On entering a community facility users will be required to wear a face covering, and will be required to keep it on, unless covered under a ‘reasonable excuse’. If users need to eat or drink something, or if they have a health or disability reason to not wear one. Face coverings can be removed if users are undertaking exercise or an activity where it would negatively impact their ability to do so. See guidance on wearing face coverings.
Evidence suggests that wearing a face covering does not protect you. However, if you are infected but have not yet developed symptoms, it may provide some protection for others you come into close contact with. If you have symptoms of COVID-19, you and your household must isolate at home; wearing a face covering does not change this.
Face coverings do not replace social distancing. Even if a face covering is used, staff and users of the space should continue to wash hands regularly and maintain social distancing. If users of the space choose to wear one, it is important to use face coverings properly and thoroughly wash hands before putting them on and taking them off.
Please note, a face covering is not the same as the surgical masks or respirators used by healthcare and other workers as part of personal protective equipment. These should continue to be reserved for those who need them to protect against risks in their workplace, such as health and care workers, and those in industrial settings, like those exposed to dust hazards.
Face coverings should not be used by children under the age of 3 or those who may find it difficult to manage them correctly – see a list of individuals this might apply to.
You should be prepared to remove your face covering if asked to do so by police officers and staff for the purposes of identification.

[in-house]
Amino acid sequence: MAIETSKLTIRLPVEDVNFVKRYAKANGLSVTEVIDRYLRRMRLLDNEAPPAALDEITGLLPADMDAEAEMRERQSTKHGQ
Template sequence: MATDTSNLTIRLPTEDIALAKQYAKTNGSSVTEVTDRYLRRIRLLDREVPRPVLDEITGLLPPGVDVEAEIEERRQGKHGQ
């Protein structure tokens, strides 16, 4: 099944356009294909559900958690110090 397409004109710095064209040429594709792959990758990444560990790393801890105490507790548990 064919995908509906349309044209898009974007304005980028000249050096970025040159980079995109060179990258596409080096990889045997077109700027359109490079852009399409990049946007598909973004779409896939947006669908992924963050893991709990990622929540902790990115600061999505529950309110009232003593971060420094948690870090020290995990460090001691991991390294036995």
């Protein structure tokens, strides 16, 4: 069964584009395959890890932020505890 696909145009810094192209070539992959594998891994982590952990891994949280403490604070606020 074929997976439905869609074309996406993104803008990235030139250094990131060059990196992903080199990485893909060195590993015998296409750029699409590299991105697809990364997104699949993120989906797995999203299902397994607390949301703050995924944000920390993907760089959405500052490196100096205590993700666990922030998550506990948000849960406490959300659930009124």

Please be mindful that the wearing of a face covering may inhibit communication with people who rely on lip reading, facial expressions and clear sound.
2c: Vulnerable people
Certain groups of people are at increased risk of severe disease from coronavirus (COVID-19), including all people aged 70 or over. Such individuals are advised to stay at home as much as possible and, if they do go out, to take particular care to minimise contact with others outside of their household.
Public toilets, portable toilets and toilets inside premises should be kept open and carefully managed to reduce the risk of transmission of COVID-19.
Steps that will usually be needed:
Using signs and posters to build awareness of good handwashing technique, the need to increase handwashing frequency and to avoid touching your face, and to cough or sneeze into a tissue which is binned safely, or into your arm if a tissue is not available.
Consider the use of social distancing marking in areas where queues normally form, and the adoption of a limited entry approach, with one in, one out (whilst avoiding the creation of additional bottlenecks).
To enable good hand hygiene consider making hand sanitiser available on entry to toilets where safe and practical, and ensure suitable handwashing facilities including running water and liquid soap and suitable options for drying (either paper towels or hand driers) are available.